Alternative splicing patterns can be very complex, Tang points out. First, these are cancer samples, which are notorious for being heterogenous. In addition, the splicing factor mutations are also complex. The team found that when they ran short-read alternative splicing callers on their data, the callers would often miss or mis-call some of the splicing events they were expecting.


As a result, the team developed a new splicing caller, FLAIR-diffSplice, which calls the four main types of alternative splicing events (alternative 3’- and 5’- splicing, intron retention, and exon skipping events). Further, the caller identifies which isoforms support the inclusion of the event, which isoforms support the exclusion of the event, and with the quantification of the isoform in each patient users can then perform statistical tests to determine which splicing events are differentially found between patient groups.

This caller identified the same alternative SF3B1 3’- splice site choice as detected using an alternative short-read sequencing-based analysis, confirming the validity of the approach. This pipeline, Tang says, “will correct and validate the splice junctions in the reads.” They were able to incorporate the short-read sequences they had for these samples. Based on these data, FLAIR built a set of isoforms that were representative of the reads.

Focusing on intron retention, Tang says that, even though in their study the nanopore sequencing reads were relatively short (approximately 1 kb), nanopore sequencing reads made intron retention “much more obvious.”

Tang also notes that thanks to the facility of nanopore technology to sequence full-length transcripts, “isoform productivity can be more confidently assessed.” The team defined an unproductive isoform as those that have a premature termination codon that is 55 nucleotides or more upstream of the most 3’ splice junction. Demonstrating the validity of their nanopore sequencing-based productivity assessment, Tang shared data showing complete concordance with previous studies of the highly characterized isoforms of SRSF1.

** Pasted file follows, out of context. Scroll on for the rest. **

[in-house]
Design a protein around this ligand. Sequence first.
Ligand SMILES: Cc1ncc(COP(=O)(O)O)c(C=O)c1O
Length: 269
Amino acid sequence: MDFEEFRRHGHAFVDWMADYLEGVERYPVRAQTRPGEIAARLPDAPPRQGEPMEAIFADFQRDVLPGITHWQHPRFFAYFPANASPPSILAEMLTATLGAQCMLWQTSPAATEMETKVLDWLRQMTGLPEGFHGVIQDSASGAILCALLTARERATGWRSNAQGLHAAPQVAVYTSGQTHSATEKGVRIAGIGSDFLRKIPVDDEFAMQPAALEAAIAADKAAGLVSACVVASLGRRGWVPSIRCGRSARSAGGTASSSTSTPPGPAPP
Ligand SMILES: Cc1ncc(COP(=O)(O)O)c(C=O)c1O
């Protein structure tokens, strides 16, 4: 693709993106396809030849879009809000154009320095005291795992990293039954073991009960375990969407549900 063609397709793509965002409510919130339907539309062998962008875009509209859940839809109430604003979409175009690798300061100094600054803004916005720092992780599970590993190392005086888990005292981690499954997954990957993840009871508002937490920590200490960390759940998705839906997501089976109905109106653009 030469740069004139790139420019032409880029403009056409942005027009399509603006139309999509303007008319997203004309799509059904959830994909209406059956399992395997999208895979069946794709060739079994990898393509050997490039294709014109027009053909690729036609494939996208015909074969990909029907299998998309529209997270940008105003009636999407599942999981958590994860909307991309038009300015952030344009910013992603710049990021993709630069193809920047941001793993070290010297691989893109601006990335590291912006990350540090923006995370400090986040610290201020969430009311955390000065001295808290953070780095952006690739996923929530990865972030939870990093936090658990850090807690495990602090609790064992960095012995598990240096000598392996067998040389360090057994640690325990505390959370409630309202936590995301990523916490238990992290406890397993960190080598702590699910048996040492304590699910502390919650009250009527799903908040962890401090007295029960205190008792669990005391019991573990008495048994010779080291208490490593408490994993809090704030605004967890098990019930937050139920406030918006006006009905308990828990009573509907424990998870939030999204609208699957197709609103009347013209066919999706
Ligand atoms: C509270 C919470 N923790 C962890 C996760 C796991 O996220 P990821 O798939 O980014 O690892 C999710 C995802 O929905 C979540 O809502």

Upon examining the productivity of transcripts from the mutant SF3B1 cell line, the expression of unproductive isoforms was decreased in comparison to the other cell types tested. Tang has also shown that the down-regulated unproductive intron retention genes are associated with kinase signaling pathways, which might support tumor proliferation.

Summarizing her work, Tang says that nanopore sequencing, combined with the FLAIR analysis workflow, enables the study of “differential isoform usage, coordinated splicing events, and isoform productivity prediction.” Her group is now working on developing downstream analyses pipelines looking at productivity, differential splicing analysis and isoform usage.


*Nanopore Community Meeting, hosted by Oxford Nanopore Technologies; New York: December 5–6, 2019.

Watch Alison’s full talk

Previous articleTB or Not TB? Using Advanced Methods to Track Infectious Diseases
Next articleEliminating EGR4 from Patient’s T Cells May Be a Viable Immunotherapeutic Approach